Abstract: Phospholipases are a class of molecular machines that are involved in the active remodelling processes of biological membranes. These lipases are interfacially activated enzymes and in the specific case of phospholipase A(2) (PLA(2))the enzyme catalyses the hydrolysis of di-acyl phospholipids into products of lysolipids and fatty acids, that dramatically change the physical properties of lipid membrane substrates. Using dissipative particle dynamics simulations on a simple coarse-grained bead-spring model of a fluid lipid bilayer in water, the mechanical and diffusive properties of the bilayer in the pure state and after the action of PLA(2) have been calculated. It is found that, in response to hydrolysis, the lipid membrane. becomes mechanically softened and the various in-plane and trans-bilayer diffusional modes become enhanced. The results compare favourably with available experimental data
    Type of Publication: Journal article published
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  • 4
    Keywords: CELL ; Germany ; MICROSCOPY ; MODEL ; PATHWAY ; SITE ; SITES ; PROTEIN ; PROTEINS ; COMPONENTS ; RESOLUTION ; COMPLEXES ; DOMAIN ; DYNAMICS ; BINDING ; BIOLOGY ; TRANSPORT ; MEMBRANE ; NUMBER ; PREDICTION ; KINETICS ; LIVING CELLS ; systems biology ; FLUORESCENCE ; SPATIAL-ORGANIZATION ; ORGANIZATION ; DOMAINS ; ENDOPLASMIC-RETICULUM ; ER ; RE ; PATTERN ; VESICLES ; INCREASE ; LEADS ; FLUORESCENCE MICROSCOPY ; COPII ; endoplasmic reticulum ; EXPORT ; PREDICTS ; ENGLAND ; PREDICT ; AGREEMENT ; PICHIA-PASTORIS ; TURNOVER ; SECRETORY PATHWAY ; CELL BIOLOGY ; biophysical modelling ; COOPERATIVE BINDING ; COPII-COATED VESICLE ; domain formation ; membrane traffic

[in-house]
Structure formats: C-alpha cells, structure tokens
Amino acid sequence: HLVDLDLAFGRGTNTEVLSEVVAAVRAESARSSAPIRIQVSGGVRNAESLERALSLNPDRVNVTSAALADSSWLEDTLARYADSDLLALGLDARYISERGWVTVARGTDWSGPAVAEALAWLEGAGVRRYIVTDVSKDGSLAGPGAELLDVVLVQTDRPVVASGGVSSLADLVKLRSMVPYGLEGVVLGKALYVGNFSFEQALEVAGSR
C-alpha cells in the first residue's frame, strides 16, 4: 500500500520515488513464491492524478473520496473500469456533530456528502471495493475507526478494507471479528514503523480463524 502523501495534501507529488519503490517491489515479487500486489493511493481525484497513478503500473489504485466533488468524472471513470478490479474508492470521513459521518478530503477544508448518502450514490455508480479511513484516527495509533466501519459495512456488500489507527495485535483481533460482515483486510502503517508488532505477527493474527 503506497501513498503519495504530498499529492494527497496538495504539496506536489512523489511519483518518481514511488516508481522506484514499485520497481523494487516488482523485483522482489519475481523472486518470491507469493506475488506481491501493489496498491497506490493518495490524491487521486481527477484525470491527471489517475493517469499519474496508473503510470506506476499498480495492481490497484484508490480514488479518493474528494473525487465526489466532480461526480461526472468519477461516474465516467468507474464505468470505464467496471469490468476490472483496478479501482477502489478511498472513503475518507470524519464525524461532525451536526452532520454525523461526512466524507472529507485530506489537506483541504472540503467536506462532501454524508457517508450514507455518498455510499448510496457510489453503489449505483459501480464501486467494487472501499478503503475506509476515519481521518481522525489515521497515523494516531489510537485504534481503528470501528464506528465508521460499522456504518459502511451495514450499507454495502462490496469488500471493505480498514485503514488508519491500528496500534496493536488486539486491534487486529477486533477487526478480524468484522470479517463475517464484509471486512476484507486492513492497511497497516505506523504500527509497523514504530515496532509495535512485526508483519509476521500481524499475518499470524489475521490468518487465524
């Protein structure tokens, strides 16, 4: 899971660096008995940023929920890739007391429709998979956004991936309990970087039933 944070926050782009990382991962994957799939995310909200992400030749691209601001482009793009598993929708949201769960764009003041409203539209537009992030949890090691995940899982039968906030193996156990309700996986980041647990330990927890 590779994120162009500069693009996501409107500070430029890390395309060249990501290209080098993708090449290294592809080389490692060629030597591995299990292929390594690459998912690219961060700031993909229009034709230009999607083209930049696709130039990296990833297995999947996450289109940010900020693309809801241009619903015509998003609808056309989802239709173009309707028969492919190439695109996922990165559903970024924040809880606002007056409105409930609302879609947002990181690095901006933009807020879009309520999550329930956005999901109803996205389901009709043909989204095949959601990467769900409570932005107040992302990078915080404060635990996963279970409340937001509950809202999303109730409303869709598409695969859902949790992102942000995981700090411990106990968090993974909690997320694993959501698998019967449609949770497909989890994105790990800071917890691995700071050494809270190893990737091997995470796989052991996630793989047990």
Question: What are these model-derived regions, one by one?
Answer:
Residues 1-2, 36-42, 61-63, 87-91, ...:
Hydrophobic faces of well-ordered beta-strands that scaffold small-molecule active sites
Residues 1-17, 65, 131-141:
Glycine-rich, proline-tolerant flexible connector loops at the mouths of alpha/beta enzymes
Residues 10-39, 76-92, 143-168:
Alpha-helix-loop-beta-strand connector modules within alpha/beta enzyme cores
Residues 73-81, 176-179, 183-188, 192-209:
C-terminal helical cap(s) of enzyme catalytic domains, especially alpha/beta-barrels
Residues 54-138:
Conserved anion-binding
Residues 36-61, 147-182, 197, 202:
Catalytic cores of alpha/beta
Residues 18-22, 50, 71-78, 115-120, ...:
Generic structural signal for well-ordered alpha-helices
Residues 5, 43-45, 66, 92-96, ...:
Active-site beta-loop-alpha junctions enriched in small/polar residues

Abstract: Exit sites (ES) are specialized domains of the endoplasmic reticulum (ER) at which cargo proteins of the secretory pathway are packaged into COPII-coated vesicles. Although the essential COPII proteins (Sar1p, Sec23p-Sec24p, Sec13p-Sec31p) have been characterized in detail and their sequential binding kinetics at ER membranes have been quantified, the basic processes that govern the self-assembly and spatial organization of ERES have remained elusive. Here, we have formulated a generic computational model that describes the process of formation of ERES on a mesoscopic scale. The model predicts that ERES are arranged in a quasi-crystalline pattern, while their size strongly depends on the cargo-modulated kinetics of COPII turnover - that is, a lack of cargo leads to smaller and more mobile ERES. These predictions are in favorable agreement with experimental data obtained by fluorescence microscopy. The model further suggests that cooperative binding of COPII components, for example mediated by regulatory proteins, is a key factor for the experimentally observed organism-specific ERES pattern. Moreover, the anterograde secretory flux is predicted to grow when the average size of ERES is increased, whereas an increase in the number of (small) ERES only slightly alters the flux